Ear­li­est known marine nav­i­ga­tion tool re­vealed with scan­ning tech­nol­ogy

Timeless Travels Magazine - - ARCHAEOLOGICAL NEWS -

De­tails of the ear­li­est known marine nav­i­ga­tion tool, dis­cov­ered in a ship­wreck, have been re­vealed thanks to state-of-the-art scan­ning tech­nol­ogy at WMG, Univer­sity of War­wick.

Pro­fes­sor Mark Williams from WMG was tasked with scan­ning the arte­fact – an as­tro­labe from the late fif­teenth cen­tury, used by mariners to mea­sure the al­ti­tude of the sun dur­ing voy­ages – which was ex­ca­vated in 2014 by Blue Wa­ter Re­cov­ery.

When the team found the ob­ject, no mark­ings were vis­i­ble – they be­lieved it was an as­tro­labe, but they could not see any nav­i­ga­tional mark­ings on it.

They then ap­proached Pro­fes­sor Williams, who con­ducts pi­o­neer­ing scan­ning analy­ses in his lab­o­ra­tory at WMG, to re­veal the arte­fact’s in­vis­i­ble de­tails.

The scans showed etches around the edge of the ob­ject, each sep­a­rated by five de­grees – prov­ing that it is an as­tro­labe.

Th­ese mark­ings would have al­lowed mariners to mea­sure the height of the sun above the hori­zon at noon to de­ter­mine their lo­ca­tion so they could find their way on the high seas. It is be­lieved to date from be­tween 1495 and 1500, and was re­cov­ered from the wreck of a Por­tuguese ex­plorer ship which sank dur­ing a storm in the In­dian Ocean in 1503.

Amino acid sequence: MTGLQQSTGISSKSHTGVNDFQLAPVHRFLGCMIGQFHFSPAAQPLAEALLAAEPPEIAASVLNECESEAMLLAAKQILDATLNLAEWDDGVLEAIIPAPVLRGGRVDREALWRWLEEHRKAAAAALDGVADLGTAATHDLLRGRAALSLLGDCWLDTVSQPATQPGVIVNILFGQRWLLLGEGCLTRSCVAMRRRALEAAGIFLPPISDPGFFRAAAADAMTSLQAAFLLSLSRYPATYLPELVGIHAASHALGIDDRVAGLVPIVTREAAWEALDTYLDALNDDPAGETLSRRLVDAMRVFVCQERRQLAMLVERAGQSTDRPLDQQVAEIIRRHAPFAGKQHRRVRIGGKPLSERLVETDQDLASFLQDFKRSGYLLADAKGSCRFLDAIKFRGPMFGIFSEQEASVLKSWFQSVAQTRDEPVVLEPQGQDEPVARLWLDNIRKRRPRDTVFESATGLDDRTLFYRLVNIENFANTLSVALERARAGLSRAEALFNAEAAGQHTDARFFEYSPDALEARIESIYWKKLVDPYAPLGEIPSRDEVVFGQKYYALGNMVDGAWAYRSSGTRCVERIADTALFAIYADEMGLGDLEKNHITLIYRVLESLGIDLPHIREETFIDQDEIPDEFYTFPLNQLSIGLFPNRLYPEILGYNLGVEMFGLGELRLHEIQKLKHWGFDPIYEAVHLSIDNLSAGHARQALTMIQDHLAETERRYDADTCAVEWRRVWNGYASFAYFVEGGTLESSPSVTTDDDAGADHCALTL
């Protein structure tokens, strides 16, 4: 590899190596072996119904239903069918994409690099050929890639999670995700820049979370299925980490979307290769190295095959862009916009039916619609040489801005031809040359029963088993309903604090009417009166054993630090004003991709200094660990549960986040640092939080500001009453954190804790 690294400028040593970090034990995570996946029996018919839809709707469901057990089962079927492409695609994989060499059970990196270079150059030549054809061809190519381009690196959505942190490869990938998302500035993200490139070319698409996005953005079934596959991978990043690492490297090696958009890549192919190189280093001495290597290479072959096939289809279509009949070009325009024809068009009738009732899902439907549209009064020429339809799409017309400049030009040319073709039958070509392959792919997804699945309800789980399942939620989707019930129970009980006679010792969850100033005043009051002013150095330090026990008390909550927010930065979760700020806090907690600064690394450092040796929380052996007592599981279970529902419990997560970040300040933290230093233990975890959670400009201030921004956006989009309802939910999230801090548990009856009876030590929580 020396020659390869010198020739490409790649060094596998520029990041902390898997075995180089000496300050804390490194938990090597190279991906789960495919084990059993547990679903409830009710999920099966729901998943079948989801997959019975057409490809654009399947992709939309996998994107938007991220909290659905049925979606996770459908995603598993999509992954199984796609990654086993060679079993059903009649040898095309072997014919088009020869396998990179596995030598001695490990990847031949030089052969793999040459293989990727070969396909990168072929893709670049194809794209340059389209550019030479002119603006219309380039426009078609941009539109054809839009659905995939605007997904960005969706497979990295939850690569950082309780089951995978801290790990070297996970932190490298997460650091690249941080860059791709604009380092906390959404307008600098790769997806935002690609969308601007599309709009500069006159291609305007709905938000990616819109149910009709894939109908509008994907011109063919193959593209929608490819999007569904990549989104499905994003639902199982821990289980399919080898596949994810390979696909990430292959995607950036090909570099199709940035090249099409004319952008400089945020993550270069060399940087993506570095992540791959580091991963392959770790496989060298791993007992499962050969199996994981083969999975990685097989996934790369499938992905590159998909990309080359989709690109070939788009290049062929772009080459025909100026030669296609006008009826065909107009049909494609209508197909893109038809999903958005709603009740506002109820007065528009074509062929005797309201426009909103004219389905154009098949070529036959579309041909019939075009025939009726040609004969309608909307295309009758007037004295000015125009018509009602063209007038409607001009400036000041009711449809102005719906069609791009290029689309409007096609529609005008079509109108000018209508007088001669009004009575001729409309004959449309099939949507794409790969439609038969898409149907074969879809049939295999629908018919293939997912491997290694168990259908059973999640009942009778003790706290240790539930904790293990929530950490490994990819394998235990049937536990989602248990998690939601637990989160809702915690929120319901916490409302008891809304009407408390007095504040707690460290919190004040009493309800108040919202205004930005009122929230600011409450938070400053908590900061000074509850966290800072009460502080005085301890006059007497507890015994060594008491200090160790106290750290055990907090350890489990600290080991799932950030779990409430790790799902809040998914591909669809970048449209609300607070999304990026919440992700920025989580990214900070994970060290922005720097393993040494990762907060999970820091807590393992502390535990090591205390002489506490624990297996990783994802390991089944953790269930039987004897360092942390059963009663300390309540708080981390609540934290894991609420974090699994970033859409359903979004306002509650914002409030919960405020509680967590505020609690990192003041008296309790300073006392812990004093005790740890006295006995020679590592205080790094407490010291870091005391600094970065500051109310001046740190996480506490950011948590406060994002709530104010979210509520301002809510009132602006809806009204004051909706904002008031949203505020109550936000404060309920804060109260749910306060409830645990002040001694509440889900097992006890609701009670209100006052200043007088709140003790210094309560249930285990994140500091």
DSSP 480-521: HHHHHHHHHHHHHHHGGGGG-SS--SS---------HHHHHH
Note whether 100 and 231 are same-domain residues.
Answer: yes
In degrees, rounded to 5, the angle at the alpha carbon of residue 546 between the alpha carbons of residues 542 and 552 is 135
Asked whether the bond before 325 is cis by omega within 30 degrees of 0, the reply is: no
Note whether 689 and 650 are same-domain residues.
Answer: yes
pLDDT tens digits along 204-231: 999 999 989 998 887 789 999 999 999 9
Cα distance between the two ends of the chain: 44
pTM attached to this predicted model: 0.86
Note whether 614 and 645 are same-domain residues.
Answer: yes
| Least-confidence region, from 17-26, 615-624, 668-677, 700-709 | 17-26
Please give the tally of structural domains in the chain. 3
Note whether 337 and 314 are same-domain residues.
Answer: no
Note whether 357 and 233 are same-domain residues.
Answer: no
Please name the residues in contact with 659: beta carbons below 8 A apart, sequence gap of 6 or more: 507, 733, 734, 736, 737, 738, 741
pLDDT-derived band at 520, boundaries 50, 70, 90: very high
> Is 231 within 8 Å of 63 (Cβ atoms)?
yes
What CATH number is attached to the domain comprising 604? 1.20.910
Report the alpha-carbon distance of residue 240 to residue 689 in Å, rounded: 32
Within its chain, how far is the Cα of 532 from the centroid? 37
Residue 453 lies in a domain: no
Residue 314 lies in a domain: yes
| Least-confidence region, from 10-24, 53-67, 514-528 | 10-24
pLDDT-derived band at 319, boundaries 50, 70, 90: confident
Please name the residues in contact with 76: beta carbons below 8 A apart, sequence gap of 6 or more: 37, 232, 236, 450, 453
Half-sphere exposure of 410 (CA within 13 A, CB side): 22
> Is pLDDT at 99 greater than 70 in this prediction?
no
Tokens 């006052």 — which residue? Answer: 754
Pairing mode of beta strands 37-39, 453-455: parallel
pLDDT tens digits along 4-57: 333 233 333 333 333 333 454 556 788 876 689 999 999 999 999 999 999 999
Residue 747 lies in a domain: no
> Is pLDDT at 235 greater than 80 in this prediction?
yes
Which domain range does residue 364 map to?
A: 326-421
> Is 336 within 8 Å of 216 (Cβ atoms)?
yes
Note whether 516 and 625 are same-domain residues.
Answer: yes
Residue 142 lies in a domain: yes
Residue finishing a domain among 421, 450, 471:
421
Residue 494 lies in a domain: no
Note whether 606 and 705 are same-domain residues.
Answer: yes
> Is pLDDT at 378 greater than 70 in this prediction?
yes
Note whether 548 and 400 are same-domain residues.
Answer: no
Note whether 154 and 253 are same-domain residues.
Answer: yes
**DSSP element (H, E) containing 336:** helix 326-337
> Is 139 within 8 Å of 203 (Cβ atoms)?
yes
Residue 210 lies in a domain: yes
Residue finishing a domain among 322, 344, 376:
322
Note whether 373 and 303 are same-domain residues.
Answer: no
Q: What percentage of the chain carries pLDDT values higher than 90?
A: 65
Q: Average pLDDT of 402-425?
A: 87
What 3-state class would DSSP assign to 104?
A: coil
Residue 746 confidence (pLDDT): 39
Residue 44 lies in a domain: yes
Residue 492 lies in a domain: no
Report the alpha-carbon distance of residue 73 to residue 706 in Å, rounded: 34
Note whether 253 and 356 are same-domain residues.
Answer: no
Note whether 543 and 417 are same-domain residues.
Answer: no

The boat was called the Es­mer­alda and was part of a fleet led by Por­tuguese ex­plorer Vasco da Gama, the first per­son to sail di­rectly from Europe to In­dia.

David Mearns, from Blue Wa­ter Re­cov­ery, who led the ex­ca­va­tion, com­mented:

“It’s a great priv­i­lege to find some­thing so rare, some­thing so his­tor­i­cally im­por­tant, some­thing that will be stud­ied by the ar­chae­o­log­i­cal com­mu­nity and fills in a gap.

“It was like noth­ing else we had seen... it adds to the his­tory, and hope­fully more as­tro­labes from this pe­riod can be found.”

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